A Human Resource Checklist for Starting a Business

For most entrepreneurs starting their own business, setting up a human resource (HR) division is usually the last thing on their mind. In fact, some actively oppose it thinking that it will infuse rigidity in their organizational processes, thereby, compromising the flexible and inventive spirit of their startup. However, this is a very archaic understanding of HR. Modern HR practices have evolved to understand the need of present-day organizations to stay nimble and innovative and must be an essential part of your business plan.

Moreover, as a startup establishes itself, it is bound to grow in size and/or complexity. And to cope with that you need HR to be able to hire effectively, retain and nurture talented human capital. HR will ensure your hiring processes are comprehensive by undertaking thorough job analyses and impartial job interviews. Trained HR personnel also ensure your business follows all labor, health and safety laws, thus protecting your startup from a legal standpoint.

Clearly established HR policies and procedures allow the business to function transparently. This strengthens employee morale and promotes a supportive culture within the wider organization. So, even if your business pivots and pivots a lot in the course of establishing itself, a structured HR will give your employees a sense of clarity. It will help them navigate difficult organizational changes while guiding them with their individual career goals and aspirations.

In the ever-evolving landscape of startups, leveraging HR software becomes paramount. These software solutions streamline employee management processes, from onboarding to performance evaluations, ensuring seamless operations as the company grows. Leading HR software companies offer scalable systems equipped with analytics that aid in talent acquisition, retention, and development strategies. By integrating such robust platforms, startups can effectively manage employee data, track progress, and align individual goals with the company’s objectives. This technological integration not only enhances operational efficiency but also fosters a culture of adaptability, crucial for startups navigating rapid changes in their growth trajectory.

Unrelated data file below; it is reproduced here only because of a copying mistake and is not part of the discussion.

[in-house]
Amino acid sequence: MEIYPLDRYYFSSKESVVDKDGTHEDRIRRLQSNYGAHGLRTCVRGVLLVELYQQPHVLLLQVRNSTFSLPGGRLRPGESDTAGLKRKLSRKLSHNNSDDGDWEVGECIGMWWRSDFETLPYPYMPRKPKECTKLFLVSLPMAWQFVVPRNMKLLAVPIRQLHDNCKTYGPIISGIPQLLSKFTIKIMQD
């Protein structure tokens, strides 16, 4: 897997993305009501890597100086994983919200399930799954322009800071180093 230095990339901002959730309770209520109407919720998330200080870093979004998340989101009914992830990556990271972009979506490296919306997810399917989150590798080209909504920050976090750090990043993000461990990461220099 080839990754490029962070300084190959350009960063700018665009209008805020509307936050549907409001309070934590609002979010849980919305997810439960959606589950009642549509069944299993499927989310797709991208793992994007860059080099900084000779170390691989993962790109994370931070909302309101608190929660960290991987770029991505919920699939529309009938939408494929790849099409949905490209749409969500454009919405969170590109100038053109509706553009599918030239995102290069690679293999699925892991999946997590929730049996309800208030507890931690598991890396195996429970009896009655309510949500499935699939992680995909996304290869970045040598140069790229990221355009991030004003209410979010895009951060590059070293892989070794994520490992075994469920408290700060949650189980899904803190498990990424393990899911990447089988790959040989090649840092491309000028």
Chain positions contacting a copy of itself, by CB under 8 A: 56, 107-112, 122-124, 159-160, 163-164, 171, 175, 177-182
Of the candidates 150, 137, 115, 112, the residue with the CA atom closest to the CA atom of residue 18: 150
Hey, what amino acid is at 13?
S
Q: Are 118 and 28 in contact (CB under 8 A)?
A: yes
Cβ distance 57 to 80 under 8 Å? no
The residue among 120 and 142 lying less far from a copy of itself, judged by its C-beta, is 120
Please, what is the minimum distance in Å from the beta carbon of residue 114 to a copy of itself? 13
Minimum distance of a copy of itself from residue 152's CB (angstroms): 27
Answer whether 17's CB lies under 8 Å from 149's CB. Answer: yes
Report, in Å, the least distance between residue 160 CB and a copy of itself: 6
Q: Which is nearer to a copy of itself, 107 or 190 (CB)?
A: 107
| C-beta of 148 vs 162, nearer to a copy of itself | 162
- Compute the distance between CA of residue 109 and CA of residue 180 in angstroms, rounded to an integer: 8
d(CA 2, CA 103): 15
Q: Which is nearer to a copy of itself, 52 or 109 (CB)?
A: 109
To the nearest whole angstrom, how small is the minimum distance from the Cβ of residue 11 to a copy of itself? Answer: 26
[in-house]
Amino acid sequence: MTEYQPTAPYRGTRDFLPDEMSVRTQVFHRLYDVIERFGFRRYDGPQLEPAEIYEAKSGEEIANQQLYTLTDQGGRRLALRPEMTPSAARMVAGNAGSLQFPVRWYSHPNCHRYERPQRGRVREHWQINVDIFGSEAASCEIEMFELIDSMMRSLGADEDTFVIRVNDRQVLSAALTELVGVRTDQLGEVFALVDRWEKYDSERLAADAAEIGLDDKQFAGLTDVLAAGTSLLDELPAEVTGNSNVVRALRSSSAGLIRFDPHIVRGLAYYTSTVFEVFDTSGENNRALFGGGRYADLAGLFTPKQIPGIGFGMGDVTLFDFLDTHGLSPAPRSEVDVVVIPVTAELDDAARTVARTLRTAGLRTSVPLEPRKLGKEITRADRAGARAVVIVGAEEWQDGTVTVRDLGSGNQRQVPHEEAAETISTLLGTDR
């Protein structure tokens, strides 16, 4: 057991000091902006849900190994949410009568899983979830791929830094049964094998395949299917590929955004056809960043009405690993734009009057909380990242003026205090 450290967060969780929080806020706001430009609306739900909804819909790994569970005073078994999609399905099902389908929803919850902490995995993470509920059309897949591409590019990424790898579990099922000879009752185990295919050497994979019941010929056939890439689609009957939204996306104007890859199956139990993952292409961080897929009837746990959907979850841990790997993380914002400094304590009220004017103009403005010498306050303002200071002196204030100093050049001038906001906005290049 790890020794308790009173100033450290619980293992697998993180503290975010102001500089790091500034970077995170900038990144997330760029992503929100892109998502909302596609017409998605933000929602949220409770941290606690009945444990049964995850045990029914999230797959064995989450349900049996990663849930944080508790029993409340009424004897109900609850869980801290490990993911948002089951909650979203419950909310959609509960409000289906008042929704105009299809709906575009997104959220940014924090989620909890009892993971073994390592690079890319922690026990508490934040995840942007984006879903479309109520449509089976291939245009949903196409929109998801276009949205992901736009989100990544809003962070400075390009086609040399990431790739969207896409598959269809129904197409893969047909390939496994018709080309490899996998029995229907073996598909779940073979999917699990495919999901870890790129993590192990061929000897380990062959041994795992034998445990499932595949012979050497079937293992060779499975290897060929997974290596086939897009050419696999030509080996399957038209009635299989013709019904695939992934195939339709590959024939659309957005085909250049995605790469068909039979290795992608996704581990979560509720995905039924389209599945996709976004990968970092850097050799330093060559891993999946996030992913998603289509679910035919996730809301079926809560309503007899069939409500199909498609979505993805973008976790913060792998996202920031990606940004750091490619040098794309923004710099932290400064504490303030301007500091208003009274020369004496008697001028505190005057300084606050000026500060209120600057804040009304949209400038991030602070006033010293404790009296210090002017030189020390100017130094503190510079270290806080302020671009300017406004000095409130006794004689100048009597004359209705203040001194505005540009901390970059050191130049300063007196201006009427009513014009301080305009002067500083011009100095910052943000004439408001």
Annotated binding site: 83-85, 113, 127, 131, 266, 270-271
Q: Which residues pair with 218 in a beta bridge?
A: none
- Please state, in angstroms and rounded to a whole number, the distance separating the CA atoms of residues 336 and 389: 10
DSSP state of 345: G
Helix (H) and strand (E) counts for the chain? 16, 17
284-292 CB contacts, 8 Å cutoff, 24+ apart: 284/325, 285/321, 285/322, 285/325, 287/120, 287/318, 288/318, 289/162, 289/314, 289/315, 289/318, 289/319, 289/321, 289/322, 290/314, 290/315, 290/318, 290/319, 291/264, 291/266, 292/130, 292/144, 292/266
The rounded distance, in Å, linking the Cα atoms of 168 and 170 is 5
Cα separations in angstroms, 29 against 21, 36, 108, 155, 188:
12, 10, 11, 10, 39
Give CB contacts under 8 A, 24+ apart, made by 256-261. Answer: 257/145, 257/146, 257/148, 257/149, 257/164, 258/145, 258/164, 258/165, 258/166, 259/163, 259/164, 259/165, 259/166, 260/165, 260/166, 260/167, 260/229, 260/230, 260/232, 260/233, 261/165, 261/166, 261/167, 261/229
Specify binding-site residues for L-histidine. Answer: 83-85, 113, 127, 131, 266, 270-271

The following are pointers to keep in mind when establishing your team and documenting your strategies in your business plan template.

Hiring for HR

When hiring for your HR team seek out candidates who have experience working in the same industry or with a similar sized business. People who have worked with startups before might be even better. This is because startups operate very differently from established organizations. There is more fluidity in the organizational structure and processes of a startup. So, hiring someone who has experience in working under such conditions will be a valuable addition to your HR team. It is also important to test candidates on their knowledge of different HR functions and labor laws depending on their specializations.

Equally important is to select candidates that best reflect the vision and values of your business. Use one-on-one interviews and scenario tests to gauge their attitudes, emotional intelligence and social skills. Testing for both aptitude and soft skills is crucial when screening HR candidates.

Budgeting for HR

Empower your HR team to create a data-driven budget for their department. One that accounts for all necessary HR procedures to be carried out and aligned with broader organizational objectives. As a startup your HR team will not have any prior budgets to rely on, so they must use realistic estimates wherever needed. To create an accurate budget the HR team will need to collate varied information like-number of new positions opening up organization-wide for the year, expected turnover rate, estimated hiring costs, estimated training costs, and anticipated legal costs.

Setting HR Policies

For a startup, being agile cannot be emphasized enough. It is crucial if one is to succeed in an age where market trends and needs change at the drop of a hat. You will be overrun by competitors if you are too slow to adapt to change. Therefore, to create an organizational culture that values agility and fluidity, focus on creating flexible HR policies. Flexible work timings, teleworking, compressed workweek and job sharing among other policies can be employed to stress on the non-rigid nature of the organization. These initiatives give employees considerable freedom in how they approach their work allowing for creativity and innovation to flow freely. They will also dramatically improve employee productivity.

Of course, not every flexible policy might be right for a particular business. However, if possible, such non-traditional HR strategies must be seriously considered to create an open working culture.